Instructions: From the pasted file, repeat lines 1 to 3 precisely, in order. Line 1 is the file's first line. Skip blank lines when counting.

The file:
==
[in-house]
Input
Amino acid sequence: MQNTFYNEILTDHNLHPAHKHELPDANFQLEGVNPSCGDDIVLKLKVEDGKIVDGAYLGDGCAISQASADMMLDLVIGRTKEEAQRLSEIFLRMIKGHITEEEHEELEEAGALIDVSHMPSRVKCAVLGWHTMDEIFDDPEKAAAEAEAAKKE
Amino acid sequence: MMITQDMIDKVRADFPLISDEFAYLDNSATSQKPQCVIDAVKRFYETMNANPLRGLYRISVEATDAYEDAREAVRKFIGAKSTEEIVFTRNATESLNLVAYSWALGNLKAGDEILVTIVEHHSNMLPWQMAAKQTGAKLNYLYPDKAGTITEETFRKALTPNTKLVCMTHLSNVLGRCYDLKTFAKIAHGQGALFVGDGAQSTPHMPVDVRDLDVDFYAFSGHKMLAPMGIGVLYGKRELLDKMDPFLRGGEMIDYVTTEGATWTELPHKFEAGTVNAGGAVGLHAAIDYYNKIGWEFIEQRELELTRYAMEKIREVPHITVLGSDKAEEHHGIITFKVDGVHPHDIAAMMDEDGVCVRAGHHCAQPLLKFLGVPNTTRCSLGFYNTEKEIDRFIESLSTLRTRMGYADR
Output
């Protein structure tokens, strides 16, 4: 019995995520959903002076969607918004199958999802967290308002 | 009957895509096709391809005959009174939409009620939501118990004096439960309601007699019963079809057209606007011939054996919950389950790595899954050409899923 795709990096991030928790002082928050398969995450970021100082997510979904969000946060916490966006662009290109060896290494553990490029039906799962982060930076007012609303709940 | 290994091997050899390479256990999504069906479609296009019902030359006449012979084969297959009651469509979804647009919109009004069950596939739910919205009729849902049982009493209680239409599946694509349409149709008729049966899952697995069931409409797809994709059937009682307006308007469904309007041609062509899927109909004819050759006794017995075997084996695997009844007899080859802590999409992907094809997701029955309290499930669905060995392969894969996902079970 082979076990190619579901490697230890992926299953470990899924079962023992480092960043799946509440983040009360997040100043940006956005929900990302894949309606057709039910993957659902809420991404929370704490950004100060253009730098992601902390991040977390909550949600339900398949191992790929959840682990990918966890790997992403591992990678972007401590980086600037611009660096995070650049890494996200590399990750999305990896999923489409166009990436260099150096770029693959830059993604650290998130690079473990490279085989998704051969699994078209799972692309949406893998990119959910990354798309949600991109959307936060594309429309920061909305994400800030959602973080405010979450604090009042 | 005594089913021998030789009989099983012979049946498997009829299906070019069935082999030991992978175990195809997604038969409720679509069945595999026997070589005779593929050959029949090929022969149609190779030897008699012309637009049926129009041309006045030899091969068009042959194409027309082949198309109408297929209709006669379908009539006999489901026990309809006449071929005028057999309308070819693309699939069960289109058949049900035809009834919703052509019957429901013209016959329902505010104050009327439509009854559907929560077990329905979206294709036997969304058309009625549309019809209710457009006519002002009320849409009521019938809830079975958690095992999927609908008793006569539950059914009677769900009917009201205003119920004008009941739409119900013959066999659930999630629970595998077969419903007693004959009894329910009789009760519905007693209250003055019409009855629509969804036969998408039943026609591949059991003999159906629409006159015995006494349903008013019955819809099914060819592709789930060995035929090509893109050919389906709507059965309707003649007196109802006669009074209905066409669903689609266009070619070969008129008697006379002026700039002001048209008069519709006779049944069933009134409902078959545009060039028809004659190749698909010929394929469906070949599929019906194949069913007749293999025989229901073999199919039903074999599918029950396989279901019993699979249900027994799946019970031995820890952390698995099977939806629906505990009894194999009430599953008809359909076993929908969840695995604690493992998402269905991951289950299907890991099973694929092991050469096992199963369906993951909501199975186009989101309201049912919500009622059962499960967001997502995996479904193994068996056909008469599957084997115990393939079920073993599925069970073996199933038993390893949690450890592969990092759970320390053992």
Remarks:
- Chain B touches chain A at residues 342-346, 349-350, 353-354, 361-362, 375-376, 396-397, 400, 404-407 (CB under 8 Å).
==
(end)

[in-house]
Input
Amino acid sequence: MQNTFYNEILTDHNLHPAHKHELPDANFQLEGVNPSCGDDIVLKLKVEDGKIVDGAYLGDGCAISQASADMMLDLVIGRTKEEAQRLSEIFLRMIKGHITEEEHEELEEAGALIDVSHMPSRVKCAVLGWHTMDEIFDDPEKAAAEAEAAKKE